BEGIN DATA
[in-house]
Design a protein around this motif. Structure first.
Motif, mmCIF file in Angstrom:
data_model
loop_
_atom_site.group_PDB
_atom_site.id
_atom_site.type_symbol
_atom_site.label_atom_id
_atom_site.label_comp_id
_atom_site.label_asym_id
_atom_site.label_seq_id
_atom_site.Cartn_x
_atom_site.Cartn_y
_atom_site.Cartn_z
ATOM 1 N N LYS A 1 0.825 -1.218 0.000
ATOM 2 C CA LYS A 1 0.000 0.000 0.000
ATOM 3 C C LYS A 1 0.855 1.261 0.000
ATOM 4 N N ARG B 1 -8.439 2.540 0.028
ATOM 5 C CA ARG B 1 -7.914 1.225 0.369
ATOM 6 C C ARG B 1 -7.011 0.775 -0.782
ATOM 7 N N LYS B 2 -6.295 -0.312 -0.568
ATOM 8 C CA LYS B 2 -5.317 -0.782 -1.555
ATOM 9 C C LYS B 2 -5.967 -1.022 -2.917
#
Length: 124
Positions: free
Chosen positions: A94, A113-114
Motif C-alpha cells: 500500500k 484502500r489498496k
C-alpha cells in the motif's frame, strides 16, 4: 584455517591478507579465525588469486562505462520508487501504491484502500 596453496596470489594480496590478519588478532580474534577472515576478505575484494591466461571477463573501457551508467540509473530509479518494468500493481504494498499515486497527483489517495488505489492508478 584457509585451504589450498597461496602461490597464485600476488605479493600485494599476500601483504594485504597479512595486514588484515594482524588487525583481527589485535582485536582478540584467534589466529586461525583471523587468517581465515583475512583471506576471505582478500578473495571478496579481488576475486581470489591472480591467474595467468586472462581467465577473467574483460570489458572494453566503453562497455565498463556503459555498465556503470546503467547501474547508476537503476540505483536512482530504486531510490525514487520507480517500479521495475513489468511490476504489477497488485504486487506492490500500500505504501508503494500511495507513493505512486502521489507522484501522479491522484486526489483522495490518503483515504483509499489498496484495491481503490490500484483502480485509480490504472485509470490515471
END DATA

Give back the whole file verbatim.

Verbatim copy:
[in-house]
Design a protein around this motif. Structure first.
Motif, mmCIF file in Angstrom:
data_model
loop_
_atom_site.group_PDB
_atom_site.id
_atom_site.type_symbol
_atom_site.label_atom_id
_atom_site.label_comp_id
_atom_site.label_asym_id
_atom_site.label_seq_id
_atom_site.Cartn_x
_atom_site.Cartn_y
_atom_site.Cartn_z
ATOM 1 N N LYS A 1 0.825 -1.218 0.000
ATOM 2 C CA LYS A 1 0.000 0.000 0.000
ATOM 3 C C LYS A 1 0.855 1.261 0.000
ATOM 4 N N ARG B 1 -8.439 2.540 0.028
ATOM 5 C CA ARG B 1 -7.914 1.225 0.369
ATOM 6 C C ARG B 1 -7.011 0.775 -0.782
ATOM 7 N N LYS B 2 -6.295 -0.312 -0.568
ATOM 8 C CA LYS B 2 -5.317 -0.782 -1.555
ATOM 9 C C LYS B 2 -5.967 -1.022 -2.917
#
Length: 124
Positions: free
Chosen positions: A94, A113-114
Motif C-alpha cells: 500500500k 484502500r489498496k
C-alpha cells in the motif's frame, strides 16, 4: 584455517591478507579465525588469486562505462520508487501504491484502500 596453496596470489594480496590478519588478532580474534577472515576478505575484494591466461571477463573501457551508467540509473530509479518494468500493481504494498499515486497527483489517495488505489492508478 584457509585451504589450498597461496602461490597464485600476488605479493600485494599476500601483504594485504597479512595486514588484515594482524588487525583481527589485535582485536582478540584467534589466529586461525583471523587468517581465515583475512583471506576471505582478500578473495571478496579481488576475486581470489591472480591467474595467468586472462581467465577473467574483460570489458572494453566503453562497455565498463556503459555498465556503470546503467547501474547508476537503476540505483536512482530504486531510490525514487520507480517500479521495475513489468511490476504489477497488485504486487506492490500500500505504501508503494500511495507513493505512486502521489507522484501522479491522484486526489483522495490518503483515504483509499489498496484495491481503490490500484483502480485509480490504472485509470490515471